Koh’s exact involvement is unclear. He only appears in two paragraphs of the complaint, which describes that he met with Morales to discuss the situation and did not provide her an explanation of how the city would proceed. When she was reassigned, the lawsuit says, she was informed by the human resources department.
However, in an interview on Boston Herald Radio, L’Italien -- who, it is worth noting, was the first state senator to call for former Senate President Stan Rosenberg to step aside last year amid an investigation into alleged sexual harassment by Rosenberg’s then-husband -- argued that Koh should have done more.
“What do you do in times like that?” L’Italien said. “When you are called to stand up and be on the side of victims? That to me speaks volumes about people,” said L’Italien. “I think it speaks volumes about someone’s leadership. I think it speaks volumes about their moral compass. I think it speaks volumes about whether they have a backbone.”
In a statement, Koh campaign manager Rachael Goldenberg said the mayor’s office took the allegations “very seriously” and responded by placing Arroyo on leave, investigating him and then terminating him.
“It’s unfortunate that a few days after a UMass Lowell poll shows Dan in the lead, Senator L’Italien resorts to false personal attacks,” Goldenberg said. “That’s not what people want to see from candidates. Rather, Democrats should be united in working to oppose President Trump and his disastrous policies.”
L’Italien responded later Wednesday: ”... Dan Koh failed this woman, and he knows it. He isolated her in hopes that she would go away...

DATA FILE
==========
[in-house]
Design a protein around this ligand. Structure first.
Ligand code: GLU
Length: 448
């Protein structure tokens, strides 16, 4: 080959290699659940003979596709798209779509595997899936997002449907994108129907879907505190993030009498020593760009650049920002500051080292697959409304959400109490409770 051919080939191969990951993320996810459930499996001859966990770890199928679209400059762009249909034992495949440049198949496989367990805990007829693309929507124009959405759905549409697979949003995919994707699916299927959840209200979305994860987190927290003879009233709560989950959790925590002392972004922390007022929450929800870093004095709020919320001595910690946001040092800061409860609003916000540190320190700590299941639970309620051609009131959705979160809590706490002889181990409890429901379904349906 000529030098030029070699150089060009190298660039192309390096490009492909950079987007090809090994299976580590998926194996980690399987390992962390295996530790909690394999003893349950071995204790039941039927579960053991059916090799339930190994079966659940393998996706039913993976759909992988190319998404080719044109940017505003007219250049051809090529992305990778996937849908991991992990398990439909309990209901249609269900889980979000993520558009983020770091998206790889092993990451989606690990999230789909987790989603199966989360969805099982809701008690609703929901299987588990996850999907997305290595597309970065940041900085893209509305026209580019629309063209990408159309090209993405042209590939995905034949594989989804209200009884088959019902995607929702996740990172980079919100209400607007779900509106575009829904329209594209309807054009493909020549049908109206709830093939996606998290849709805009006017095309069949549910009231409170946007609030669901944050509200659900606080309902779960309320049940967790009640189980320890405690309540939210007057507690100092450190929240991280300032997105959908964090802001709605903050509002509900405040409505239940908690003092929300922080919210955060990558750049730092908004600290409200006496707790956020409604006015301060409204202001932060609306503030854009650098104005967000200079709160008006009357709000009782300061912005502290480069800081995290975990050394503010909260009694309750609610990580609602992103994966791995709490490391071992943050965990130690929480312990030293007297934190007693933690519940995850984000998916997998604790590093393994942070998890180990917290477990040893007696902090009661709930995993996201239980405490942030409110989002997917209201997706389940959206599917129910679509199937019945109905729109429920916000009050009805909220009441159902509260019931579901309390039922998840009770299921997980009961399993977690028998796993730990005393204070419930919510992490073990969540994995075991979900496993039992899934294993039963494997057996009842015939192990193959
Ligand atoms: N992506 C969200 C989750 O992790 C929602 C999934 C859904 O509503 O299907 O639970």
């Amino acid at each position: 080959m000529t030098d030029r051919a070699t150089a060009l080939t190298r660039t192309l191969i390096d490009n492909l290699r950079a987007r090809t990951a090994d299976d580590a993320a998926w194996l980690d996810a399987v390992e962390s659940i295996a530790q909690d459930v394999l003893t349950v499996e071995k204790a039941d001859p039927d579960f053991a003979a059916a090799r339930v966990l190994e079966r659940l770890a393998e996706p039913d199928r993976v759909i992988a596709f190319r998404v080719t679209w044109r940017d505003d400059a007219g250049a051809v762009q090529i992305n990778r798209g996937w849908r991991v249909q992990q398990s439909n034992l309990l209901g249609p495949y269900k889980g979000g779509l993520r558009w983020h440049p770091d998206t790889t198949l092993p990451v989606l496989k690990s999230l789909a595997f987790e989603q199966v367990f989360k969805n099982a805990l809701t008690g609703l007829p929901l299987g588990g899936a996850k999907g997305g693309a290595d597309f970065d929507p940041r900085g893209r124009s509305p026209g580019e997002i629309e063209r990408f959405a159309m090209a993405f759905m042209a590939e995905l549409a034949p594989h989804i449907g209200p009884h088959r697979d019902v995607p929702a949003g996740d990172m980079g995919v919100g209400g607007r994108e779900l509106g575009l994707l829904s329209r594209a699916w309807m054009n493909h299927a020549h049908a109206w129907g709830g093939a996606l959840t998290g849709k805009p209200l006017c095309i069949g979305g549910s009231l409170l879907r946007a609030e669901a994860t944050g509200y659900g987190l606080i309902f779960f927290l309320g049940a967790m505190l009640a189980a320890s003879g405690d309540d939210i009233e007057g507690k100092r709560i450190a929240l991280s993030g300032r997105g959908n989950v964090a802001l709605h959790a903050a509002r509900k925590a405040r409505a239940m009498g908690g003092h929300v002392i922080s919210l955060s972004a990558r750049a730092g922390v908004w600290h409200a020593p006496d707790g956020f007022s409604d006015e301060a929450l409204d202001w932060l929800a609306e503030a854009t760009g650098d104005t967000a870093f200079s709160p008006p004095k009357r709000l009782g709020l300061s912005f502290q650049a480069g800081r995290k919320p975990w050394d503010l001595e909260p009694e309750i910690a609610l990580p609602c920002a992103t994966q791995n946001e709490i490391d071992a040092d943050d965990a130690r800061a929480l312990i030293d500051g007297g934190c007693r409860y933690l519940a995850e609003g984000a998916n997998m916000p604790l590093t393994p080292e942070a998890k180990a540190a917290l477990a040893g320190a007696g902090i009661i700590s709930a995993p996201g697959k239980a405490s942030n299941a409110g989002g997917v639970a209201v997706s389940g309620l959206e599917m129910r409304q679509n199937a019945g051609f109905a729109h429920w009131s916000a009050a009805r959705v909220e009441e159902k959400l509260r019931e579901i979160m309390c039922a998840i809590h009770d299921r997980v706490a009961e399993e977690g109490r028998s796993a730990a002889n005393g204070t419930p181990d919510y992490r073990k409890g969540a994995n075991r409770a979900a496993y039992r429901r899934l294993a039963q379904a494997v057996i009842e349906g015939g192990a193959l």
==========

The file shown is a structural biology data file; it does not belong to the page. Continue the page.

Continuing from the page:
“Dan Koh met with her, and two days later she was stripped of her responsibilities and transferred to a do-nothing job, which we know from the lawsuit she filed in which Koh is a central player.”
L’Italien also blasted Koh and Gifford for their personal wealth and fundraising -- Koh has raised more than $3 million and Gifford more than $2 million -- as an attempt to “buy” the seat.
Her remarks set off an online flurry. Lawrence Mayor Dan Rivera, an outspoken supporter of 3rd District candidate Juana Matias, tweeted that ”‘Sore Loser L’Italien’” was “looking for traction by throwing mud in an otherwise positive campaign.”
Just hours after L’Italien’s interview, Das published a press release on his campaign website alleging that the state senator’s campaign had tried to get him to make the accusations against Koh last week -- illuminating an opaque remark Das made at a Monday forum about one campaign trying to use him against another.
“Hit-and-run campaigns is the norm for political insiders,” Das said in his press release, using the opportunity to plug his own candidacy. “We must send a message to cynical career politicians that they can’t continue their dirty business as usual.”
L’Italien’s campaign did not immediately respond to a request for comment Wednesday on Das’ allegation.
To be clear, whatever tension exists has only emerged in recent days with a handful of candidates involved. No attack ads are running on television, and most of the field could be seen exchanging friendly embraces as recently as a Monday night debate.
But in a race where candidates for the past year have directed their anger only toward the GOP, the negativity is a new look.